Toni Colom has said that he hopes to return to pro racing when his two-year ban for EPO use ends in early June. He has also admitted that his positive test and subsequent ban turned his life upside down, but has, he believes, ended up making him a better person.
Speaking to Meta2Mil, Majorcan rider Colom revealed that he has spent the last two years getting a number of business projects off the ground, and has also been working with young riders in the Balearic Islands, specifically to warn them about the dangers of doping. “My life has been very different, but I’ve never stopped training and doing so with great intensity because cycling is my passion,” said the 32-year-old Spaniard.
As well as working on event organisation in Majorca, Colom has been involved in a business running weddings and also acting as an adviser to people undertaking a whole range of athletic challenges. Asked whether he is an ideal person to work with youngsters coming up through the sport, Colom replied: “I think I’m the best example they can have. I don’t hold back and can tell them exactly what it means to test positive. I can honestly say that I have suffered and I wouldn’t wish this on my worst enemy.”
Colom tested positive for EPO in an out-of-competition control undertaken in April 2009, soon after he had finished fifth overall at Paris-Nice having won the final stage. He had been targeted for additional controls based on information from his blood profile. He admitted he had spent a good deal trying to clear his name but is now committed to reaching an agreement with the UCI over the size of the fine that he has to pay to be able to compete again.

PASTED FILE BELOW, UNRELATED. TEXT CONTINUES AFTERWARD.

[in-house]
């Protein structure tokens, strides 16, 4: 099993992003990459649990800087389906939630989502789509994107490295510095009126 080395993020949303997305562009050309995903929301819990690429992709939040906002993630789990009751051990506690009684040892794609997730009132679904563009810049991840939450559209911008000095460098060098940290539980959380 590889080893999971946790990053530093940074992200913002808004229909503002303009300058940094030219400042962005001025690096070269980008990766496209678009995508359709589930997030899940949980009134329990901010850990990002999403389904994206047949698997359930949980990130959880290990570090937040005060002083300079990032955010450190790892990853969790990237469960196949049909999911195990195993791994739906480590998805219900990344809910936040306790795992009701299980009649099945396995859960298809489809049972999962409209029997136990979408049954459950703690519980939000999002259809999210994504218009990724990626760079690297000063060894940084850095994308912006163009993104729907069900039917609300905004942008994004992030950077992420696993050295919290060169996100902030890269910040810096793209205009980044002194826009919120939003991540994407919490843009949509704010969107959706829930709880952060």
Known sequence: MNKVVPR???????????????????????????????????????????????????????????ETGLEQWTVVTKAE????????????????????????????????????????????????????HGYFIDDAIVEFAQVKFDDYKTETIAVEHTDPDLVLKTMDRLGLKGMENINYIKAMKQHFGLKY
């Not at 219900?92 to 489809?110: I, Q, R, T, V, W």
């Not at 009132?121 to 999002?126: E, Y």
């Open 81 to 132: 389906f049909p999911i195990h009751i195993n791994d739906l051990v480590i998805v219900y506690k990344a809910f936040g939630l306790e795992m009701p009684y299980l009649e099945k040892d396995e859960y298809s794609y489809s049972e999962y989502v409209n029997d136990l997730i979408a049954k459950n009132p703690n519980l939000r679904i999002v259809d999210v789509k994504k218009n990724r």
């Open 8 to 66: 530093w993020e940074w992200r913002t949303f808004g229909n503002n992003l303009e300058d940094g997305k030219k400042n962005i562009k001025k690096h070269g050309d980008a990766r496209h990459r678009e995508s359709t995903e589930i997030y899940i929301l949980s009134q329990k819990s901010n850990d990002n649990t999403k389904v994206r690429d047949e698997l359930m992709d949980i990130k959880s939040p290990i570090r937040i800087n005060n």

“It’s incredible how my life has changed. Katusha sent me a contract offering between 600,000-800,000 euros for two years. Five minutes later the UCI sent me an email notifying me of the positive test,” explained Colom.
Colom says that if he does get the chance to return to racing it will be as a new person. “What I have realised is that this positive test destroyed my life but has made me a better person,” he said. “I didn’t realise at the time but when I was riding I was surrounded by a group of arseholes. I’m sure if I’d signed that contract with Katusha I would have gone on a downward spiral of wasting money on stupid luxuries and that even in the best scenario would have been detrimental to me in the end."